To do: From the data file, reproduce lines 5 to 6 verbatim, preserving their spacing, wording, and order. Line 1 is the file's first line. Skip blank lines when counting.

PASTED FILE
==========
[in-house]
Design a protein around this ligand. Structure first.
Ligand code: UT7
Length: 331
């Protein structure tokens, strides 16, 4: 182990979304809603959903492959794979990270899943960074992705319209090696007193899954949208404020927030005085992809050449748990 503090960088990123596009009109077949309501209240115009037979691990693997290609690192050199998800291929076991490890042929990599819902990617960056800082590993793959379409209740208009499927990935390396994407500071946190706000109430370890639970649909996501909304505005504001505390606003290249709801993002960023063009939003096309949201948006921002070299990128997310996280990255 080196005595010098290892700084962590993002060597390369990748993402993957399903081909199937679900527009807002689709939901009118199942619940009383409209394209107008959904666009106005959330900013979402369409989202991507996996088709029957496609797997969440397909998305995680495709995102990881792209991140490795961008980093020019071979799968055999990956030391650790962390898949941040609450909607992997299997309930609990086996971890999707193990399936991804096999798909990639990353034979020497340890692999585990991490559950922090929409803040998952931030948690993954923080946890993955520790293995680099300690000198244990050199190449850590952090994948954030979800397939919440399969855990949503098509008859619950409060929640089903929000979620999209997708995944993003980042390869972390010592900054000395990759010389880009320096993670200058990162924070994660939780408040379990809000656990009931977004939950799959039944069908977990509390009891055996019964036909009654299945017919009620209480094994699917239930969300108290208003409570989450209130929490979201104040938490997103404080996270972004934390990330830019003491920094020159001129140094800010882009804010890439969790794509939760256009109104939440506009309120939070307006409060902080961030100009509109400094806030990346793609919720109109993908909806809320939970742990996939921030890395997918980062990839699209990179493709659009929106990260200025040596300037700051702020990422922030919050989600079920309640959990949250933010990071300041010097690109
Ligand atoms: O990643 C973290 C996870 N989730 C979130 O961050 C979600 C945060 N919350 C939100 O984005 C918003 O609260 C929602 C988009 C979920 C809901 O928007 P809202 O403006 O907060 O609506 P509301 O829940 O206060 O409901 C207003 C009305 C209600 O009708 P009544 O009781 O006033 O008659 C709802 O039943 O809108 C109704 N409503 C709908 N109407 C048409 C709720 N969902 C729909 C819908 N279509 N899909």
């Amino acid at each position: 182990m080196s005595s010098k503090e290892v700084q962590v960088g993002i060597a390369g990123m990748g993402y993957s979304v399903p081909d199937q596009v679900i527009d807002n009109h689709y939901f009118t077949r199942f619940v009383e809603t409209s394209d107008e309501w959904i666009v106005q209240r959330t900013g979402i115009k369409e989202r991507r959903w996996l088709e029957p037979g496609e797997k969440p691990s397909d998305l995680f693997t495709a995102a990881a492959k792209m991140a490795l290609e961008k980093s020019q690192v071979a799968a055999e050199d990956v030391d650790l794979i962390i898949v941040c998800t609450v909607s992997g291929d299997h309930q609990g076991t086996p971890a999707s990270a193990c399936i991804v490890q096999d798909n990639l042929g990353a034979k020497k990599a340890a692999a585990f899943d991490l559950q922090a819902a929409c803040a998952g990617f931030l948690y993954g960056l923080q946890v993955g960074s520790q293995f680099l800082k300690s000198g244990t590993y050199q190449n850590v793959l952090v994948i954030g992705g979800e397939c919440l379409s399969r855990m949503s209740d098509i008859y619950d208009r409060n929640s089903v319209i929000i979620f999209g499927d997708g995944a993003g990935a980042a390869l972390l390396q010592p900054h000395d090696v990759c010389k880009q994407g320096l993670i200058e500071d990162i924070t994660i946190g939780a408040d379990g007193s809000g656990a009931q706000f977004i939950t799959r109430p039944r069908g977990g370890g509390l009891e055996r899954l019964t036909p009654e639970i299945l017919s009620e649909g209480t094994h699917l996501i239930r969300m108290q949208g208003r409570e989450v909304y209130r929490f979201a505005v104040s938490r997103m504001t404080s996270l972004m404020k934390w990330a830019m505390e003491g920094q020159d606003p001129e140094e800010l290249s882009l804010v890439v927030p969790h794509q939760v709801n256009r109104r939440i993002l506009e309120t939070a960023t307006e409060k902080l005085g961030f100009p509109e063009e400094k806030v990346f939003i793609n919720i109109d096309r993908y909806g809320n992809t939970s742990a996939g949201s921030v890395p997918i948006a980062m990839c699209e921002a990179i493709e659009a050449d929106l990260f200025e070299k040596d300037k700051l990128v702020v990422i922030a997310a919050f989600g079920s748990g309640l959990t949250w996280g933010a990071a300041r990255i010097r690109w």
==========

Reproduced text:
């Protein structure tokens, strides 16, 4: 182990979304809603959903492959794979990270899943960074992705319209090696007193899954949208404020927030005085992809050449748990 503090960088990123596009009109077949309501209240115009037979691990693997290609690192050199998800291929076991490890042929990599819902990617960056800082590993793959379409209740208009499927990935390396994407500071946190706000109430370890639970649909996501909304505005504001505390606003290249709801993002960023063009939003096309949201948006921002070299990128997310996280990255 080196005595010098290892700084962590993002060597390369990748993402993957399903081909199937679900527009807002689709939901009118199942619940009383409209394209107008959904666009106005959330900013979402369409989202991507996996088709029957496609797997969440397909998305995680495709995102990881792209991140490795961008980093020019071979799968055999990956030391650790962390898949941040609450909607992997299997309930609990086996971890999707193990399936991804096999798909990639990353034979020497340890692999585990991490559950922090929409803040998952931030948690993954923080946890993955520790293995680099300690000198244990050199190449850590952090994948954030979800397939919440399969855990949503098509008859619950409060929640089903929000979620999209997708995944993003980042390869972390010592900054000395990759010389880009320096993670200058990162924070994660939780408040379990809000656990009931977004939950799959039944069908977990509390009891055996019964036909009654299945017919009620209480094994699917239930969300108290208003409570989450209130929490979201104040938490997103404080996270972004934390990330830019003491920094020159001129140094800010882009804010890439969790794509939760256009109104939440506009309120939070307006409060902080961030100009509109400094806030990346793609919720109109993908909806809320939970742990996939921030890395997918980062990839699209990179493709659009929106990260200025040596300037700051702020990422922030919050989600079920309640959990949250933010990071300041010097690109
Ligand atoms: O990643 C973290 C996870 N989730 C979130 O961050 C979600 C945060 N919350 C939100 O984005 C918003 O609260 C929602 C988009 C979920 C809901 O928007 P809202 O403006 O907060 O609506 P509301 O829940 O206060 O409901 C207003 C009305 C209600 O009708 P009544 O009781 O006033 O008659 C709802 O039943 O809108 C109704 N409503 C709908 N109407 C048409 C709720 N969902 C729909 C819908 N279509 N899909």